This is a letter written by Lewis Douglass son of freedom fighter Frederick Douglass. Lewis was a sergeant in the Union army’s Fifty-fourth Massachusetts Infantry. The Fifty-fourth, led by its white colonel, Robert Gould Shaw, scion of a prominent Boston family, was an elite black regiment. On July 18, 1863, the Fifty-fourth mounted a brave but hopeless attack against Fort Wagner, which guarded Charleston Harbor. Shaw and almost half the regiment were killed. African Americans had already proven themselves in Civil War battles, but the battle at Fort Wagner turned the public’s attention to the heroism of black soldiers. In this letter to the woman he later married, Douglass, still unaware of the dimensions of his regiment’s losses, described the battle.
MY DEAR AMELIA: I have been in two fights, and am unhurt. I am about to go in another I believe to-night. Our men fought well on both occasions. The last was desperate we charged that terrible battery on Morris Island known as Fort Wagoner, and were repulsed with a loss of 3 killed and wounded. I escaped unhurt from amidst that perfect hail of shot and shell. It was terrible. I need not particularize the papers will give a better than I have time to give. My thoughts are with you often, you are as dear as ever, be good enough to remember it as I no doubt you will. As I said before we are on the eve of another fight and I am very busy and have just snatched a moment to write you. I must necessarily be brief. Should I fall in the next fight killed or wounded I hope to fall with my face to the foe.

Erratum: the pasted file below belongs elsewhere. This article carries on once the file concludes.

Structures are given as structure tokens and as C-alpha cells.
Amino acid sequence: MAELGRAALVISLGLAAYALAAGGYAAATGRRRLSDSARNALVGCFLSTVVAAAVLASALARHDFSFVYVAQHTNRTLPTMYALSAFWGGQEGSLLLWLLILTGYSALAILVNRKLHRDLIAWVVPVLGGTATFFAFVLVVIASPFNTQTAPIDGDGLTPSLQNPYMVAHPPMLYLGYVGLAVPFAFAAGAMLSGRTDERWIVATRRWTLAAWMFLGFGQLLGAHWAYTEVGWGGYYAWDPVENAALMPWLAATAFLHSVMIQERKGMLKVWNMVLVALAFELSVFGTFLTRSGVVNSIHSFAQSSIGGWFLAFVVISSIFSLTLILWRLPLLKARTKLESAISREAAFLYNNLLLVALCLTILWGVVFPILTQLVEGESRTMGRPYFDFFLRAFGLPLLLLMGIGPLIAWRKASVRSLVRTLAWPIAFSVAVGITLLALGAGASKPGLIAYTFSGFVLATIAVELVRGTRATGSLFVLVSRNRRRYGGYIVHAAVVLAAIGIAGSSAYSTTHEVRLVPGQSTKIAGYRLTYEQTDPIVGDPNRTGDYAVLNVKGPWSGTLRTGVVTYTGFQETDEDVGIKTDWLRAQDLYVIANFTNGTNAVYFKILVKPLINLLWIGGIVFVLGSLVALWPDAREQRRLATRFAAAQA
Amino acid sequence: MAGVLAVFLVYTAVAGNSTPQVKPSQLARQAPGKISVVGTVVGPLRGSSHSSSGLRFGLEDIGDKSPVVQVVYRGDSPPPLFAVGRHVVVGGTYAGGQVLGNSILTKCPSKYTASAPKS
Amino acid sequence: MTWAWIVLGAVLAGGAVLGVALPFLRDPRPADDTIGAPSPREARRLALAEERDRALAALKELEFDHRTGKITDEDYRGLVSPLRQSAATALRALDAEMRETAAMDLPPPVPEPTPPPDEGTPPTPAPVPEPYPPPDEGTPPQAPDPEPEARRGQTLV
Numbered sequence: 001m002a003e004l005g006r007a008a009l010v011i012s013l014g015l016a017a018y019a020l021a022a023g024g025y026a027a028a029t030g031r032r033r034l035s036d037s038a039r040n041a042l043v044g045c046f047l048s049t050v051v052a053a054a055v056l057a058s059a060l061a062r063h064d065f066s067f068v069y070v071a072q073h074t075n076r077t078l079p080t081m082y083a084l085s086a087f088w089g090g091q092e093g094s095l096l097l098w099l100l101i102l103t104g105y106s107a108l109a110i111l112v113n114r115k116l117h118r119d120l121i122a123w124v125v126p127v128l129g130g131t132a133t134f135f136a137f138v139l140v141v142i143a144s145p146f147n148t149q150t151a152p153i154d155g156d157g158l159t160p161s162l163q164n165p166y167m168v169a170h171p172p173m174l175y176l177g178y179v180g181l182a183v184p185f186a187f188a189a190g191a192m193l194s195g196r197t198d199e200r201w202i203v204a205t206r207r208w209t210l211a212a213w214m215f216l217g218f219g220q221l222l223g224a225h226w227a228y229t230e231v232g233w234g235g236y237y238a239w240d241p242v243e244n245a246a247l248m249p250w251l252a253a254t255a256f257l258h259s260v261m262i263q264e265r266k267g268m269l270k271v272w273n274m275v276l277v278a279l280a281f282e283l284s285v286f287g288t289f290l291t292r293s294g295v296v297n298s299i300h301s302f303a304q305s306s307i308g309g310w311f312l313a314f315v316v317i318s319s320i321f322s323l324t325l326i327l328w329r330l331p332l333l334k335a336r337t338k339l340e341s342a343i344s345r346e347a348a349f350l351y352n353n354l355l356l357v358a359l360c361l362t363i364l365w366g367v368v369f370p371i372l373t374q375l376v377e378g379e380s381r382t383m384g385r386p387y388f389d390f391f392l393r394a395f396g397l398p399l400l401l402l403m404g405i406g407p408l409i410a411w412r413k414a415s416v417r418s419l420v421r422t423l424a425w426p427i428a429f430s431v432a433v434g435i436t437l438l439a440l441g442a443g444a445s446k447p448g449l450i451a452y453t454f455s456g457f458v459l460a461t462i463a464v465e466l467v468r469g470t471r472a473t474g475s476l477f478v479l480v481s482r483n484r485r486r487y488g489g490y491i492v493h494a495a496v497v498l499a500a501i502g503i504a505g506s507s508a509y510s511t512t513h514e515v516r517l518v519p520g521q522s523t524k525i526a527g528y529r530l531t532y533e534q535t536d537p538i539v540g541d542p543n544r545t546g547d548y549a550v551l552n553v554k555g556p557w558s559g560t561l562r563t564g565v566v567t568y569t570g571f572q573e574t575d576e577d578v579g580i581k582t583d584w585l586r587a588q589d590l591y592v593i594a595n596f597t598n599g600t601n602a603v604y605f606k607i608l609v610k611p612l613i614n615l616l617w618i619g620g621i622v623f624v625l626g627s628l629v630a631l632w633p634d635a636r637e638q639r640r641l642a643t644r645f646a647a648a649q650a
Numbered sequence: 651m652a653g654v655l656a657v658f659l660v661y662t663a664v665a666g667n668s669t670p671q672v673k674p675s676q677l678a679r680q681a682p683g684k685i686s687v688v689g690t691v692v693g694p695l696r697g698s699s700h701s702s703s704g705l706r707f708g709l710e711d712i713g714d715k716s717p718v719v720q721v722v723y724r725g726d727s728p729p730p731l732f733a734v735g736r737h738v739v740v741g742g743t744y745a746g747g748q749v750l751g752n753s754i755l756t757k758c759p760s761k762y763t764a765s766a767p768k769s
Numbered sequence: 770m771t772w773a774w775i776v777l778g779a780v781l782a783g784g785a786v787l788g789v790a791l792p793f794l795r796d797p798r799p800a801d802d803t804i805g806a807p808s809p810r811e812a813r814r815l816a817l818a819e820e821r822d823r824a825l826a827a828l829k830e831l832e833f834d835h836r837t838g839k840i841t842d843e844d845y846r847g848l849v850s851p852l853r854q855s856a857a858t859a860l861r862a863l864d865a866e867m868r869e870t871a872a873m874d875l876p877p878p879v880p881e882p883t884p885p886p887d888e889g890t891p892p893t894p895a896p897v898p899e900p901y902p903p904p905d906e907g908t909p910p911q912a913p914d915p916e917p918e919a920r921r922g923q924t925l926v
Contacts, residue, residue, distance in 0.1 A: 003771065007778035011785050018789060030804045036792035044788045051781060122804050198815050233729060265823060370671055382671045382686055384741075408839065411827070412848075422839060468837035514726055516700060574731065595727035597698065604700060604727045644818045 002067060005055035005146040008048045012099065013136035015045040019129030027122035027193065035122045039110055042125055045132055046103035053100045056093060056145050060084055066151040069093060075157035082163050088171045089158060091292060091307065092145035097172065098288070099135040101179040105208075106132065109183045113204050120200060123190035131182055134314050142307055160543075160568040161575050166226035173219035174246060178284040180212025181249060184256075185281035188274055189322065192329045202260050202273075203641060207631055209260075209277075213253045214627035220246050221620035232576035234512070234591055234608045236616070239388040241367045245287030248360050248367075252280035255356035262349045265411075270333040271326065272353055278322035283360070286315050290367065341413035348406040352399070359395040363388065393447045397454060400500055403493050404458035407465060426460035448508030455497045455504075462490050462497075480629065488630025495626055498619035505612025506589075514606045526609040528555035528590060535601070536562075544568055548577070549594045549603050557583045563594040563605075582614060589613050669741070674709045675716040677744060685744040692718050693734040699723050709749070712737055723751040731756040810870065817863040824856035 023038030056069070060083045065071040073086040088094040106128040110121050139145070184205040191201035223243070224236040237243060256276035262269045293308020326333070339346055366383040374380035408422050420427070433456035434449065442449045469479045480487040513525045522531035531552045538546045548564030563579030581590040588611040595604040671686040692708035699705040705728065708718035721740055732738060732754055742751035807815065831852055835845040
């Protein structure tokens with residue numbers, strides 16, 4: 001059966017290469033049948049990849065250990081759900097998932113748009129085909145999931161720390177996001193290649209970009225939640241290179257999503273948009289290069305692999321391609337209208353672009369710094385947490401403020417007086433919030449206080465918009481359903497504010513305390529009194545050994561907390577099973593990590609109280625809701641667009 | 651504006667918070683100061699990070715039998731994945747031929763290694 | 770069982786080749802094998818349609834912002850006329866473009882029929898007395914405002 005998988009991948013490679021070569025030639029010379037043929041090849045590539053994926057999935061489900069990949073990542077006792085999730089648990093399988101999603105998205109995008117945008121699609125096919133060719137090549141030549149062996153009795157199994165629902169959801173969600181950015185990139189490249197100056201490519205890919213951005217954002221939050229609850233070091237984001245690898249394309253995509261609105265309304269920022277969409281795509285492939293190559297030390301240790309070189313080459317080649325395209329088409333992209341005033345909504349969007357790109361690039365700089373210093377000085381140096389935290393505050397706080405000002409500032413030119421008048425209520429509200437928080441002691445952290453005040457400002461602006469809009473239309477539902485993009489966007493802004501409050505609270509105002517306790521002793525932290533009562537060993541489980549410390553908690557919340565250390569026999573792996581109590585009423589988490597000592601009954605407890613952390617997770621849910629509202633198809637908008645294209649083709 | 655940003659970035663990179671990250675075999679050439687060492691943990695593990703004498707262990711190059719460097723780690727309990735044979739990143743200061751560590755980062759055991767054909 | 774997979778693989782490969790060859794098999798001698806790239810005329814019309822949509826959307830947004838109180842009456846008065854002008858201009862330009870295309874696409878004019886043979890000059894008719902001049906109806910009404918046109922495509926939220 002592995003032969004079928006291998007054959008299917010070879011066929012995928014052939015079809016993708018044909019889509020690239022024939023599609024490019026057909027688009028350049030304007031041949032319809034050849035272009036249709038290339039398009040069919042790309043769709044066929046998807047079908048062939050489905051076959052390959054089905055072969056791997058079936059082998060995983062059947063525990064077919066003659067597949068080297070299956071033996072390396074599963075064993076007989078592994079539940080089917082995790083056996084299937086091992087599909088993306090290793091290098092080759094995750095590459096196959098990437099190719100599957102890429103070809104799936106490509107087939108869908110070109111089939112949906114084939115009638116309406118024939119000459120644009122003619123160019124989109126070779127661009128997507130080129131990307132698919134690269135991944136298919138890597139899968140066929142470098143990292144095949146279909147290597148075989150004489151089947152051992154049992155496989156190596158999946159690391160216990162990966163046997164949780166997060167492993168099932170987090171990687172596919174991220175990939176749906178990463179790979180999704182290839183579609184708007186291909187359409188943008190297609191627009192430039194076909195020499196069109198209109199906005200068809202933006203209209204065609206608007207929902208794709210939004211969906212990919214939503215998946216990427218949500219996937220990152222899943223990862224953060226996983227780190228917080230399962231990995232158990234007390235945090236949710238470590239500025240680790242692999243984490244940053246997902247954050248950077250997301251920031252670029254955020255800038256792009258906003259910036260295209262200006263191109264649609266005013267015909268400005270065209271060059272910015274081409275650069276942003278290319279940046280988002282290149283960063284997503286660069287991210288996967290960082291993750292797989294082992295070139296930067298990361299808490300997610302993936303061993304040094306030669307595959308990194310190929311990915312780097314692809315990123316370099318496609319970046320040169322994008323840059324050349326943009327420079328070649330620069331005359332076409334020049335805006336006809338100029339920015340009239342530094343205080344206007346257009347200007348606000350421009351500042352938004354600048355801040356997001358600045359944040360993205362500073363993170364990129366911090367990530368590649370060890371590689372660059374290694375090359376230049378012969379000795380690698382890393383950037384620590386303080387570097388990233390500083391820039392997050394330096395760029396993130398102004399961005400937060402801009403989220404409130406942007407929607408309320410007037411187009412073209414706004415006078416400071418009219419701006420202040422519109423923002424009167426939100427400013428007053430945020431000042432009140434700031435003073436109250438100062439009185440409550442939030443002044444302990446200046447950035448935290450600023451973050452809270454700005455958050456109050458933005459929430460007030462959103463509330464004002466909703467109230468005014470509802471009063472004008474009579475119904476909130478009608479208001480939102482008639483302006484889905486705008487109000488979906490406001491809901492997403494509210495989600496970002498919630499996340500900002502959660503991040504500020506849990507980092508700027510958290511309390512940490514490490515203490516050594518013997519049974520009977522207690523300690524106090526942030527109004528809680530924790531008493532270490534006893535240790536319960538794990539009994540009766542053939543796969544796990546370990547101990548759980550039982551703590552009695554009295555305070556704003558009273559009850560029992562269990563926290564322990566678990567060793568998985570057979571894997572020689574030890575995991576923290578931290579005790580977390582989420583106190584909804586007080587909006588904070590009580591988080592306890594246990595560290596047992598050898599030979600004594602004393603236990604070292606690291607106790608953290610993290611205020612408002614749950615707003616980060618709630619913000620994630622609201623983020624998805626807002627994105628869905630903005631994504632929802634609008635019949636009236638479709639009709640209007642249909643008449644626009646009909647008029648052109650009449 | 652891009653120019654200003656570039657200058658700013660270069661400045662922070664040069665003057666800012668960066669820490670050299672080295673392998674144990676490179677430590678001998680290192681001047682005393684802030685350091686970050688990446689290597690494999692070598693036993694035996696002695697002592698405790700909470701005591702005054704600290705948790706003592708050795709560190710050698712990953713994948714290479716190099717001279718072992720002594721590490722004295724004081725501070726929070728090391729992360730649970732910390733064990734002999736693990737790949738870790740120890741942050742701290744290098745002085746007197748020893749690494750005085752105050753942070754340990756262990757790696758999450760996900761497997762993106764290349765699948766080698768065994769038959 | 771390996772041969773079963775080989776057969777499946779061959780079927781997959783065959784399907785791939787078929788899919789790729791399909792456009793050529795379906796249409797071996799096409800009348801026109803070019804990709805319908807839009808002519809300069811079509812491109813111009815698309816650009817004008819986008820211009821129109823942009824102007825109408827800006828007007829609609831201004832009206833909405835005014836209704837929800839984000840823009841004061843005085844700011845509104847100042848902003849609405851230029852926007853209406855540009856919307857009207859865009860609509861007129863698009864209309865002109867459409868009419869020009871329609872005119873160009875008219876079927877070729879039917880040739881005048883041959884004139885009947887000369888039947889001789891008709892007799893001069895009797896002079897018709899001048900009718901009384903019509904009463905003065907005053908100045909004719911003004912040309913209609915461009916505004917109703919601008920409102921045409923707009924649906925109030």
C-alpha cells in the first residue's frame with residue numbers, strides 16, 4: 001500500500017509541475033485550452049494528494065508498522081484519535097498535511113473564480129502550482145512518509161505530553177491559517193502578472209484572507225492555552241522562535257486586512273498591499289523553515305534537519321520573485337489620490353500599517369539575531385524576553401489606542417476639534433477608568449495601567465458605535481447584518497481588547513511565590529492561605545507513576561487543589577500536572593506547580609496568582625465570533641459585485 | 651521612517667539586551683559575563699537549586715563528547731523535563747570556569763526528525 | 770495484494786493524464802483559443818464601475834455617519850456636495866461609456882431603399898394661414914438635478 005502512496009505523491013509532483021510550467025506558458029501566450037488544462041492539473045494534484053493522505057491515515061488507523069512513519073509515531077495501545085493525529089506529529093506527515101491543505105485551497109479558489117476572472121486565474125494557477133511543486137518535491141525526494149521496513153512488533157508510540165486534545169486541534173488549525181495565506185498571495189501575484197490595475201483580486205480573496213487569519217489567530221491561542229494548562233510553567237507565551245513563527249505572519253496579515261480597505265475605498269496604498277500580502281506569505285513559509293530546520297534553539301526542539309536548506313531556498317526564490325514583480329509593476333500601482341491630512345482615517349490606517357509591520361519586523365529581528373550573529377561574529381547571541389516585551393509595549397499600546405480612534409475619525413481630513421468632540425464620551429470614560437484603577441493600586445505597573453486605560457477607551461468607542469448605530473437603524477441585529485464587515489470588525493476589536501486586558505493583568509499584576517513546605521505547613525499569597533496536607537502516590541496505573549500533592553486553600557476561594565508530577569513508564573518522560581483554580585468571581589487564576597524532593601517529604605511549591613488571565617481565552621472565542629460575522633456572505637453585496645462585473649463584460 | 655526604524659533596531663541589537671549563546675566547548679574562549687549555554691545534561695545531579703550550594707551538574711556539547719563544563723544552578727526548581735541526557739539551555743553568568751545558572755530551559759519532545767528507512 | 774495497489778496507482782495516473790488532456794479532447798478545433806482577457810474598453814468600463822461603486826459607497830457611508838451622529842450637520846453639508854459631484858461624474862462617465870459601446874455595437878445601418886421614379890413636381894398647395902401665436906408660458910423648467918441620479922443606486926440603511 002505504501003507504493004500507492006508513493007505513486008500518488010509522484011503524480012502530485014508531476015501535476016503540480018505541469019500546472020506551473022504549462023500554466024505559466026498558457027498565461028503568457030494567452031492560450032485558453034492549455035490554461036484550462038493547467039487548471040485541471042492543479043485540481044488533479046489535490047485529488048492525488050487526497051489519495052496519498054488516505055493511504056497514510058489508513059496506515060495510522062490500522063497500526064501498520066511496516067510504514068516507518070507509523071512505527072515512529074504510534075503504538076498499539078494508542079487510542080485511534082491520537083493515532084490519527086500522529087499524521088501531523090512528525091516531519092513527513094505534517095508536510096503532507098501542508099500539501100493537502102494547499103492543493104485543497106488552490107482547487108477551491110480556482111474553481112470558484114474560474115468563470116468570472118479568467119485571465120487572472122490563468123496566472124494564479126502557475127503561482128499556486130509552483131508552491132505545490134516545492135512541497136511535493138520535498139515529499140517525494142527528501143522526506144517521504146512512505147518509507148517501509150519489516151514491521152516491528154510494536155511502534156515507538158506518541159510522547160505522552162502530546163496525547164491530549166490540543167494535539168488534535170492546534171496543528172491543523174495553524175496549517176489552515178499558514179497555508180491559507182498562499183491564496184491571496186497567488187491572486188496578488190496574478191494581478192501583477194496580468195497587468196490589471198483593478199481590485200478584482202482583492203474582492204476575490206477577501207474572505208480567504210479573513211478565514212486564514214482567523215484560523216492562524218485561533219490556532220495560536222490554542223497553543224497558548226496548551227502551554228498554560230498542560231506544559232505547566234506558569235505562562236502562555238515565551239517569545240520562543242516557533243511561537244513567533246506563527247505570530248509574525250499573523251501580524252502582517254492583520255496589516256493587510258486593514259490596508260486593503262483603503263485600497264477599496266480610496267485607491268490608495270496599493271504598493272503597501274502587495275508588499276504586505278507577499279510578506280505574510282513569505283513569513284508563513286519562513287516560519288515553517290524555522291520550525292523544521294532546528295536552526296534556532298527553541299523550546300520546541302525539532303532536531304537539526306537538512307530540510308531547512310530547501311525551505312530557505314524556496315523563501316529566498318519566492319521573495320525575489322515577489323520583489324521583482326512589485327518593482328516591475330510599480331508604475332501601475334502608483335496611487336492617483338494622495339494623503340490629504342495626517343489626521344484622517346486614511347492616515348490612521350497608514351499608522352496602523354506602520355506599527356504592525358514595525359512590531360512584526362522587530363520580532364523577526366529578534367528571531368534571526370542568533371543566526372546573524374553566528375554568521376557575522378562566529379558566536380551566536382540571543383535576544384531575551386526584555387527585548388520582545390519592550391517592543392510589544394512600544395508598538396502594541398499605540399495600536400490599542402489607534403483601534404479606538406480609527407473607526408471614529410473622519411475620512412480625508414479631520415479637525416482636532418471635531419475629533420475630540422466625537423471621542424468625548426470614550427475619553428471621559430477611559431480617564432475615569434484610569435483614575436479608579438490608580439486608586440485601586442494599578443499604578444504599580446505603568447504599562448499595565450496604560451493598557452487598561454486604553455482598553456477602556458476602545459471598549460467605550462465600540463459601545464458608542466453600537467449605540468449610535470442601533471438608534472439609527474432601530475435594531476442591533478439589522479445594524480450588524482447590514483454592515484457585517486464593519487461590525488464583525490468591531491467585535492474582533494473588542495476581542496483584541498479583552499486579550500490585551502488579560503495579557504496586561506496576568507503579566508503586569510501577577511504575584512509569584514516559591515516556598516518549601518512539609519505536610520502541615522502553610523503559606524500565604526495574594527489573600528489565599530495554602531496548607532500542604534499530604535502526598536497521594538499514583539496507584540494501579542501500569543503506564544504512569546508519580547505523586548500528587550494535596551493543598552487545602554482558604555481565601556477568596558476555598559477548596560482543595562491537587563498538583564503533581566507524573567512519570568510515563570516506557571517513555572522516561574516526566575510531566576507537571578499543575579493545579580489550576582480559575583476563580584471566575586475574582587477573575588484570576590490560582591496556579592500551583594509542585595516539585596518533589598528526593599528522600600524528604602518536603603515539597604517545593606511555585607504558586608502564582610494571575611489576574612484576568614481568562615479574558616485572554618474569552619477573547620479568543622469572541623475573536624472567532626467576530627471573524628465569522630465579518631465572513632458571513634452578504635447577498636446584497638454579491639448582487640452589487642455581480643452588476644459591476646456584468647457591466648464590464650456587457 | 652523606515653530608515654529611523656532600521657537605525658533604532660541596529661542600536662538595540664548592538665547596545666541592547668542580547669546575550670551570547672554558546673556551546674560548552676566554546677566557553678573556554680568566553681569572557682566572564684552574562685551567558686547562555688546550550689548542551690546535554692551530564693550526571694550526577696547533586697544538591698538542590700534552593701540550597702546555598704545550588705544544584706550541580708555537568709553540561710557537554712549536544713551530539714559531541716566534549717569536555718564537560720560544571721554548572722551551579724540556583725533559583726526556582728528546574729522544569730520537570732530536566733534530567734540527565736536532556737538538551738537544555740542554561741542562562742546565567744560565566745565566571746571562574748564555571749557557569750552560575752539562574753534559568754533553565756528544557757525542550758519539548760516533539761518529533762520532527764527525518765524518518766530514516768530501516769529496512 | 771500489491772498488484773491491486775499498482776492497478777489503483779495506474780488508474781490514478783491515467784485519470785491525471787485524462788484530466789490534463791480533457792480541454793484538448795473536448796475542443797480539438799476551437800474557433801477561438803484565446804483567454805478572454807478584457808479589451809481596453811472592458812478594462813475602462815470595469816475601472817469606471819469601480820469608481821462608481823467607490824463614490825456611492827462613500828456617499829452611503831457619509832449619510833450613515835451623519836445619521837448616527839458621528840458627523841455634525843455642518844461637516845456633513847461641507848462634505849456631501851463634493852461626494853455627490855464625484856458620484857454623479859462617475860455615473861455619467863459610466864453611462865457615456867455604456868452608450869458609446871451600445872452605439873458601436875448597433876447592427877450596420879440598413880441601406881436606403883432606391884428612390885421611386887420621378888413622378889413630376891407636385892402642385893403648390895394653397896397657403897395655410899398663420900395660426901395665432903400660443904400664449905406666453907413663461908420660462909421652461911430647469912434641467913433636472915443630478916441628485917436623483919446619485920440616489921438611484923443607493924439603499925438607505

If I survive I shall write you a long letter. DeForrest of your city is wounded George Washington is missing, Jacob Carter is missing, Chas Reason wounded Chas Whiting, Chas Creamer all wounded. The above are in hospital.
This regiment has established its reputation as a fighting regiment not a man flinched, though it was a trying time. Men fell all around me. A shell would explode and clear a space of twenty feet, our men would close up again, but it was no use we had to retreat, which was a very hazardous undertaking. How I got out of that fight alive I cannot tell, but I am here. My Dear girl I hope again to see you. I must bid you farewell should I be killed. Remember if I die I die in a good cause. I wish we had a hundred thousand colored troops we would put an end to this war. Good Bye to all Write soon Your own loving LEWIS
Source: Carter Woodson, The Mind of the Negro (Washington, D.C., 1926), 544.